That is why today many researchers are developing more complex and integrative models of psychotherapy that recognize the role of multiple dimensions such as development, unconscious conflict, cognitions, behavior, and the body. One such model is ISTDP which synthesizes multiple theoretical perspectives within an integrative theory of the mind, which translates directly into a theory of technique—a technique whose effectiveness has been demonstrated in over sixty research studies.
In life we inevitably experience conflicts with others. When conflicts occur, we experience feelings. These feelings, provided by evolution, tell us what we want and mobilize us to act on our desires. However, most patients seek therapy because they cannot channel their feelings into effective action. Instead, they become anxious and use defenses. These defenses create the presenting problems and symptoms from which our patients suffer.
So far, so good. Seems simple. But ISTDP defines each of these terms—feeling, anxiety, and defense—differently in response to recent research in ethology, biophysiology, and neuroscience. And these understandings result in techniques and approaches that can often lead to a more rapid and effective level of change.
Neuroscientists such as Antonio Damasio have shown us that feeling is only part of a larger non-conscious emotion system that we share with animals. This understanding radically changes the way we think about feelings, why they are unconscious, and why therapists need to work with them. Biophysiologists and neuroscientists have completely changed our understanding of anxiety too. ISTDP integrates those findings which results in a new and complex set of techniques for treating anxiety disorders and the resulting somatic symptoms. ISTDP also integrates findings from neuroscience, biophysiology, and psychoanalysis which change the ways we think about and work with defenses. When we recognize that defenses and character traits are forms of implicit memory not encoded in verbal declarative memory, we must shift from a purely cognitive to an integrative set of techniques to work with defenses experientially in the here and now in therapy.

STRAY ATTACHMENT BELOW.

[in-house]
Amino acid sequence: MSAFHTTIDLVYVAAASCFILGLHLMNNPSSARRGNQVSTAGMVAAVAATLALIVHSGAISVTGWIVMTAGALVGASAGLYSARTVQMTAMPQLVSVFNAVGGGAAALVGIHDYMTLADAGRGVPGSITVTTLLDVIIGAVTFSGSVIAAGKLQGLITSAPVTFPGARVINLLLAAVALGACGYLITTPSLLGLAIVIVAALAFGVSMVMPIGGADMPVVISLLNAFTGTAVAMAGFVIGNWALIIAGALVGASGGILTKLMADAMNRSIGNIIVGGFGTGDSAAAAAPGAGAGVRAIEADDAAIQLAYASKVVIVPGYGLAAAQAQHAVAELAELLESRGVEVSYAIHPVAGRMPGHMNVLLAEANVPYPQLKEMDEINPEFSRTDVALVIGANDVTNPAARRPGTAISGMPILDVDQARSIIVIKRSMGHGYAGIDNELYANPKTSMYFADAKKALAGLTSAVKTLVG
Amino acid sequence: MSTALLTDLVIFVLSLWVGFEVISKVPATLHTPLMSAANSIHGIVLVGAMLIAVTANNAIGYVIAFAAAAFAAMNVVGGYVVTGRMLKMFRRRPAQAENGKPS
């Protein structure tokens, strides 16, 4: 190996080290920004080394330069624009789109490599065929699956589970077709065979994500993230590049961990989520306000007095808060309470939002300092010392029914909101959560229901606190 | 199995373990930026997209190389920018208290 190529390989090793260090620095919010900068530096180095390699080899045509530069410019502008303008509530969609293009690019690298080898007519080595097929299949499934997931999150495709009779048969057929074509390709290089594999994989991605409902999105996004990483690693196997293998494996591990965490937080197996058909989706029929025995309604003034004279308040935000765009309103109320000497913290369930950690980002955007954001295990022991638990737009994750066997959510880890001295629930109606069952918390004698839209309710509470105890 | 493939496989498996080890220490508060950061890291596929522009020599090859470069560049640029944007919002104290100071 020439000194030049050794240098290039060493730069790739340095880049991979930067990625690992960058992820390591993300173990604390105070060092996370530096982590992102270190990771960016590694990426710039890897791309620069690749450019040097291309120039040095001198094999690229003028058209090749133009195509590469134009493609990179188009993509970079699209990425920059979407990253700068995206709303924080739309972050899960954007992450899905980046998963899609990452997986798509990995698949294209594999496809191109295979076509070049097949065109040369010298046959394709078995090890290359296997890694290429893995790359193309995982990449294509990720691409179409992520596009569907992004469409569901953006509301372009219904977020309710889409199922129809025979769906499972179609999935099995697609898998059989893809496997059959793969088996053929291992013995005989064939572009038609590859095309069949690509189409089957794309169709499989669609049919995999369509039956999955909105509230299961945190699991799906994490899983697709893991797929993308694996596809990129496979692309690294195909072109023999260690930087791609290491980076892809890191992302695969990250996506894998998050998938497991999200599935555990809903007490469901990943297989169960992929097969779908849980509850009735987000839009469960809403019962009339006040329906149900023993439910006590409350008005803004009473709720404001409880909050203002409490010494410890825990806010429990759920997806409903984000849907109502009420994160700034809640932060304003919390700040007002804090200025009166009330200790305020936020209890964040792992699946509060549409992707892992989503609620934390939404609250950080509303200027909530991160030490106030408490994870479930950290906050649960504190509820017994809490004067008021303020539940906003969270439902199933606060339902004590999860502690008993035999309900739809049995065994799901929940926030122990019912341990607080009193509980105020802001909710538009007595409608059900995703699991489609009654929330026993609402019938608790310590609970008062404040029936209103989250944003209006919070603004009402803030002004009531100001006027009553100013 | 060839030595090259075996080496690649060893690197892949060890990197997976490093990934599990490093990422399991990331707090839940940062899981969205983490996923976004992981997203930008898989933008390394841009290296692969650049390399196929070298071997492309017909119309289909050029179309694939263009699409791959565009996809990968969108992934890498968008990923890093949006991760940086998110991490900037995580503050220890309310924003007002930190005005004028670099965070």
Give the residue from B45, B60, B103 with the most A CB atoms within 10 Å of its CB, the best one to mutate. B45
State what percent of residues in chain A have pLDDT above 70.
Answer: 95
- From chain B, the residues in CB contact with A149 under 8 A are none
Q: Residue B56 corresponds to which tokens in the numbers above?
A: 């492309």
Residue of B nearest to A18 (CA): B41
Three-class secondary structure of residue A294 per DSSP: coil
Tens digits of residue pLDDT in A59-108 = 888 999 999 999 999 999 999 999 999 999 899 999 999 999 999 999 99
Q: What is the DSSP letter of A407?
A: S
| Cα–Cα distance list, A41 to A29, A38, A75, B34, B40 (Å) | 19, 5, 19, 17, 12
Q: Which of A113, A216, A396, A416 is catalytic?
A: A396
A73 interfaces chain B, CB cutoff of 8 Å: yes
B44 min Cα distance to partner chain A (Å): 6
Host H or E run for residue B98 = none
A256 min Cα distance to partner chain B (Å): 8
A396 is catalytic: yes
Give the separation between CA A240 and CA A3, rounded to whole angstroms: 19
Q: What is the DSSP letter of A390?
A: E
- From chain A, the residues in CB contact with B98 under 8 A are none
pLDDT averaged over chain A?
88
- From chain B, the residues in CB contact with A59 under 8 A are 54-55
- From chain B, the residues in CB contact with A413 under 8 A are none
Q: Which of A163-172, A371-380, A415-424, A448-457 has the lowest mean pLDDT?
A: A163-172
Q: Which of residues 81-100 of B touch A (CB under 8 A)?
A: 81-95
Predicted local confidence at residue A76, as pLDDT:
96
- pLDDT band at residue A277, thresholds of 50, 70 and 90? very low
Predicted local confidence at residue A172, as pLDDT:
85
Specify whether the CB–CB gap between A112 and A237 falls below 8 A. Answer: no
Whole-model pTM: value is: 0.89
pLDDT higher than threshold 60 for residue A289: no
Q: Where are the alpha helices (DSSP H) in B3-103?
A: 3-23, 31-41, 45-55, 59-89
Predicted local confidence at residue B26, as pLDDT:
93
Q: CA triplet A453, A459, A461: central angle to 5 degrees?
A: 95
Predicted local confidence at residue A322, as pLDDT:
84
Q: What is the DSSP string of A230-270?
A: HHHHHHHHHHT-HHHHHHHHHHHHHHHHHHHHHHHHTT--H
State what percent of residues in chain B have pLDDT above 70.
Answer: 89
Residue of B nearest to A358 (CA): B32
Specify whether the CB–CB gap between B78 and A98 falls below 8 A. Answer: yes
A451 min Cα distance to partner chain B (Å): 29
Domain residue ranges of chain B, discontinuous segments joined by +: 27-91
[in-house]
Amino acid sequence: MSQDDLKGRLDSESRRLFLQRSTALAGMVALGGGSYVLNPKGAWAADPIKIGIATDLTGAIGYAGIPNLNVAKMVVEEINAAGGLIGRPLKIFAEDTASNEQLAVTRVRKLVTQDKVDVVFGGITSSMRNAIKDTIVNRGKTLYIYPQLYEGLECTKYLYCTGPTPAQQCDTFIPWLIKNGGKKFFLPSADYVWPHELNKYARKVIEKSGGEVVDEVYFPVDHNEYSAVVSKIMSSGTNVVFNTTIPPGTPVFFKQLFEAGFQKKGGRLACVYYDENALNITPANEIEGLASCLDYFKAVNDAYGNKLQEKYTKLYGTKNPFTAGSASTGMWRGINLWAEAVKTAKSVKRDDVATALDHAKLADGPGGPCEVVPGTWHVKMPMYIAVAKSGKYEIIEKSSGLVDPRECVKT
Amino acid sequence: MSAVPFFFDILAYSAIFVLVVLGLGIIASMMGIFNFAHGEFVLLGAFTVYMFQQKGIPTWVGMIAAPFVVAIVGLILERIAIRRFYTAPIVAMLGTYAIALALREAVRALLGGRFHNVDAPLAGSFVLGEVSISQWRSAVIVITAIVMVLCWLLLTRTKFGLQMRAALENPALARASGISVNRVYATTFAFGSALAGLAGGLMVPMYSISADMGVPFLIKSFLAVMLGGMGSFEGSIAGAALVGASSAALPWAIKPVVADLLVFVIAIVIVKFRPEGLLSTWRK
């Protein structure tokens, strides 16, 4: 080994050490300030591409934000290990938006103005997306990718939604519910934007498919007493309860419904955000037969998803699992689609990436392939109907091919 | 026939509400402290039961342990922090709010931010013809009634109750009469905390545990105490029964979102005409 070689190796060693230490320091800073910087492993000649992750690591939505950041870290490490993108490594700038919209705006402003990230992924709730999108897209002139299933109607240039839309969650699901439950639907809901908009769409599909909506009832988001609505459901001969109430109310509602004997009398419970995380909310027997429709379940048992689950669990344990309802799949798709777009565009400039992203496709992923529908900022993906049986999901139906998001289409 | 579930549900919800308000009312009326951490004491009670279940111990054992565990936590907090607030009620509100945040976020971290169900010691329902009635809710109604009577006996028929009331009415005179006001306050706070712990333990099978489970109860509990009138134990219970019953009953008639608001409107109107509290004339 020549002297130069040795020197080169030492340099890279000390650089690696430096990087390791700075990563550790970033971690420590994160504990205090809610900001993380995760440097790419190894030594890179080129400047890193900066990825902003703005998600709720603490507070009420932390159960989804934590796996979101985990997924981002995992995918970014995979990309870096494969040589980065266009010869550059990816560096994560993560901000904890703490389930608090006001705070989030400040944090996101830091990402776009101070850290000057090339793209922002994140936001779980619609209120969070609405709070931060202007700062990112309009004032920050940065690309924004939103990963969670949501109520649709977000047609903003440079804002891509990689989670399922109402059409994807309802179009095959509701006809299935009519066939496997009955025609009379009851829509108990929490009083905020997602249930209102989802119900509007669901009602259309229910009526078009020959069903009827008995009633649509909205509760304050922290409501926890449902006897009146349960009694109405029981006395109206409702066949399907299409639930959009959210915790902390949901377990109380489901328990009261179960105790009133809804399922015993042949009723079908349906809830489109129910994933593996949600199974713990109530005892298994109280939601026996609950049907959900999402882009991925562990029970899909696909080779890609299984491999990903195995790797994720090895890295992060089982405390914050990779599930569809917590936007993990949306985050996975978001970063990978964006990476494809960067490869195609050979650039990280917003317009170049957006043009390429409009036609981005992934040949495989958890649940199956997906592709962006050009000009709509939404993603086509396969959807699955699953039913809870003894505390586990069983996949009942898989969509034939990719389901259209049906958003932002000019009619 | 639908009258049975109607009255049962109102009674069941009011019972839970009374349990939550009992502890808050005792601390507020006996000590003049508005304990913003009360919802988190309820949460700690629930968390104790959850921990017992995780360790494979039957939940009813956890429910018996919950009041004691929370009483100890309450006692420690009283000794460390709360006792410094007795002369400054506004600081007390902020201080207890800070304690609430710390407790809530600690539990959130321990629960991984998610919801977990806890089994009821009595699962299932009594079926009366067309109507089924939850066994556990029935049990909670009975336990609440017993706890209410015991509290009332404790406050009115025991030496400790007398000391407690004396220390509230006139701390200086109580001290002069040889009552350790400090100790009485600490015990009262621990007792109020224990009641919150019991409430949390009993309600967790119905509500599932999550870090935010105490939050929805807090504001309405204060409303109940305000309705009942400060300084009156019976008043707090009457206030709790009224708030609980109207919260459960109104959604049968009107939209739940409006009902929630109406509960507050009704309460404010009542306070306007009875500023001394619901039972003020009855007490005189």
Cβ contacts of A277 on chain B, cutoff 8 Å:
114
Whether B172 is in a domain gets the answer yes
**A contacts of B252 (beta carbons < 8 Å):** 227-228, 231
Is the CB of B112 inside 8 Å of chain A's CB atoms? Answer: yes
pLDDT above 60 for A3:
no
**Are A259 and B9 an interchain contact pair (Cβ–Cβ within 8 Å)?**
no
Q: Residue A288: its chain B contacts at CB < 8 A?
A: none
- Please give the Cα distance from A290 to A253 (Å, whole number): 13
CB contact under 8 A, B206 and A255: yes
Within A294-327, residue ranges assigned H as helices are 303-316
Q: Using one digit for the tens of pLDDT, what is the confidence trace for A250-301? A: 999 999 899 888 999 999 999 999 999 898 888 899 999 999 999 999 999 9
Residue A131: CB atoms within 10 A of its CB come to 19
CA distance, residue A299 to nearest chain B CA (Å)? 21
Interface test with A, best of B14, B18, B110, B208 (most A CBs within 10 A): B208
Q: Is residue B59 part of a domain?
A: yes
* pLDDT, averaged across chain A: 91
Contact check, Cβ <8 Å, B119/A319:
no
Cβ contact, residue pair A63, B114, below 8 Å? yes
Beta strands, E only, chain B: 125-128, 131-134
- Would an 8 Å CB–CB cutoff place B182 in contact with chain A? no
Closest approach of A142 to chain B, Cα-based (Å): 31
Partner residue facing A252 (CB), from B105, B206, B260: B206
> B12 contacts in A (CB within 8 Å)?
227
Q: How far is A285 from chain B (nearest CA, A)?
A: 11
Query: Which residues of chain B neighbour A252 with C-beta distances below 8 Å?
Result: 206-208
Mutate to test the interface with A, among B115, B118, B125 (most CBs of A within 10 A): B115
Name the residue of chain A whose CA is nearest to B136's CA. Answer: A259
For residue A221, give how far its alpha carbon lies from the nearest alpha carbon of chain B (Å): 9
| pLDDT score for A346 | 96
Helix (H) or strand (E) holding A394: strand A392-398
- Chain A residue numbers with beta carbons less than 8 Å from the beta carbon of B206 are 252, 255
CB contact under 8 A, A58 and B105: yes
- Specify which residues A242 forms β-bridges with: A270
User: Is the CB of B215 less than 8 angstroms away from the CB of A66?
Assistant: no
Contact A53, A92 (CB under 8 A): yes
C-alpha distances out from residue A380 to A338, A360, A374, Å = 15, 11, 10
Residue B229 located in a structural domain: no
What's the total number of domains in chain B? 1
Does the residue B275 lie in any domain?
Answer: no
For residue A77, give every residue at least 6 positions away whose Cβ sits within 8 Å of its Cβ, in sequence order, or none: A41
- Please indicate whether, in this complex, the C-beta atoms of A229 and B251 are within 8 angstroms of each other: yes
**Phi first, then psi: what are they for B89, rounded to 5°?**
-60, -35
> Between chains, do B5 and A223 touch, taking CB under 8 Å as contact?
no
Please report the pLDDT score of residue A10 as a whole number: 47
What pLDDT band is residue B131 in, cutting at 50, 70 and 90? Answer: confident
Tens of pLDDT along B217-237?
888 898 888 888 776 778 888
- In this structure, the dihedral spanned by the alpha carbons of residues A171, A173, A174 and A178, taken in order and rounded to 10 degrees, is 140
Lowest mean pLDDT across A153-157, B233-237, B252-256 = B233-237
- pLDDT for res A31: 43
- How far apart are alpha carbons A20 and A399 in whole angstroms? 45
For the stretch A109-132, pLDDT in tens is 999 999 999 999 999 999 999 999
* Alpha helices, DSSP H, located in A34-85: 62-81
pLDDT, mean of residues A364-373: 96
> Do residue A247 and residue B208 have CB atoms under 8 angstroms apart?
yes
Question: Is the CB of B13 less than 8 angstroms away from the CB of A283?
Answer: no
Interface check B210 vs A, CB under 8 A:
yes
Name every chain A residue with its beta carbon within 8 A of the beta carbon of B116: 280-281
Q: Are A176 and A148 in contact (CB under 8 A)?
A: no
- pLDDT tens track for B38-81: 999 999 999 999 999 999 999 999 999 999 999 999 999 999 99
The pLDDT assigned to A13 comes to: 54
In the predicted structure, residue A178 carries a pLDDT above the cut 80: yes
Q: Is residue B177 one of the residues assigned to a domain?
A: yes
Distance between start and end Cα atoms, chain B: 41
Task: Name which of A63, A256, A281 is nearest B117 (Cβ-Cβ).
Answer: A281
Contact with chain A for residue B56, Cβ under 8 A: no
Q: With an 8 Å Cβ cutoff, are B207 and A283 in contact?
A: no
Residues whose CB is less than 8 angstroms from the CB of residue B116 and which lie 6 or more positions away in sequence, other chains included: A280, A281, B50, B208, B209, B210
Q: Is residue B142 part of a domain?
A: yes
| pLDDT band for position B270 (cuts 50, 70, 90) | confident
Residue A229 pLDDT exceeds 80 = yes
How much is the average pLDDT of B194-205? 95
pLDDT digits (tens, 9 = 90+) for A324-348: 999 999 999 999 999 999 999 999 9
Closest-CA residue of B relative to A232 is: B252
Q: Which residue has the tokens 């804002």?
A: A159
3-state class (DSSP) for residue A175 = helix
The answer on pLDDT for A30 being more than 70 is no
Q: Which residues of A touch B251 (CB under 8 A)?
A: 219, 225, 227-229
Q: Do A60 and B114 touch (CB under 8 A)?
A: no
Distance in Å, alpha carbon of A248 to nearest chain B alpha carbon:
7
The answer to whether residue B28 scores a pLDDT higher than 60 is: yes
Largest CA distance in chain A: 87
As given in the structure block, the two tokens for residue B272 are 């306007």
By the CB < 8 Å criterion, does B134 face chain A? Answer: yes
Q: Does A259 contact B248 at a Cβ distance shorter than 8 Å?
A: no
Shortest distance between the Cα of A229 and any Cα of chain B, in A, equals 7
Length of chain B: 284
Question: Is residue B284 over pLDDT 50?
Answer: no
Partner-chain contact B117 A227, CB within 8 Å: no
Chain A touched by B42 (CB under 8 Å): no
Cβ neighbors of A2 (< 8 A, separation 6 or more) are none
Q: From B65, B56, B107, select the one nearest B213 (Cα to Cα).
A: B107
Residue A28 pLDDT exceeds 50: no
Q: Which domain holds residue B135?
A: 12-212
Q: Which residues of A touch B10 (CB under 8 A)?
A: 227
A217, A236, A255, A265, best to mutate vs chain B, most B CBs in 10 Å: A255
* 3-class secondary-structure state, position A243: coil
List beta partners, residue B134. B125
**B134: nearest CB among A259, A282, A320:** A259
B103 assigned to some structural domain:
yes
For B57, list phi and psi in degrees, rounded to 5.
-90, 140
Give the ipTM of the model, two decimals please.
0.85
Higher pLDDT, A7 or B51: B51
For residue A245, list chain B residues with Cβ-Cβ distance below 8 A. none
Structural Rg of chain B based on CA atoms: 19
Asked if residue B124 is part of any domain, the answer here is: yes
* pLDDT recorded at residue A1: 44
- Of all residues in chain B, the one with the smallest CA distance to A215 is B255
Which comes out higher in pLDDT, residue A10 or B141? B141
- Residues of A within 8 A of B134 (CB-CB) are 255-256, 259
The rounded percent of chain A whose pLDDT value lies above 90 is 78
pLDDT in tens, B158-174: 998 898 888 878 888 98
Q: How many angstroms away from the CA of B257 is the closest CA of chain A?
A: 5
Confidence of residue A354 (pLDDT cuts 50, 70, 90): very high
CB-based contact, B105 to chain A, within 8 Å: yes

This integration of theories and techniques gives ISTDP a unique understanding of the multiple unconscious processes operating in therapy. We can no longer think of it terms of only “the” repressed unconscious. Instead, that is only a tiny part of the spectrum of unconscious processes in the brain. Most of our unconscious processing is not and never has been encoded in verbal declarative memory and was never repressed. For instance, anxiety and defenses are usually unconscious but they are not part of the “repressed” unconscious which can be accessed through verbal interpretations. As a result, ISTDP clinicians use a number of non-interpretive techniques to work with unconscious processes that are encoded in motoric, implicit, and procedural memory.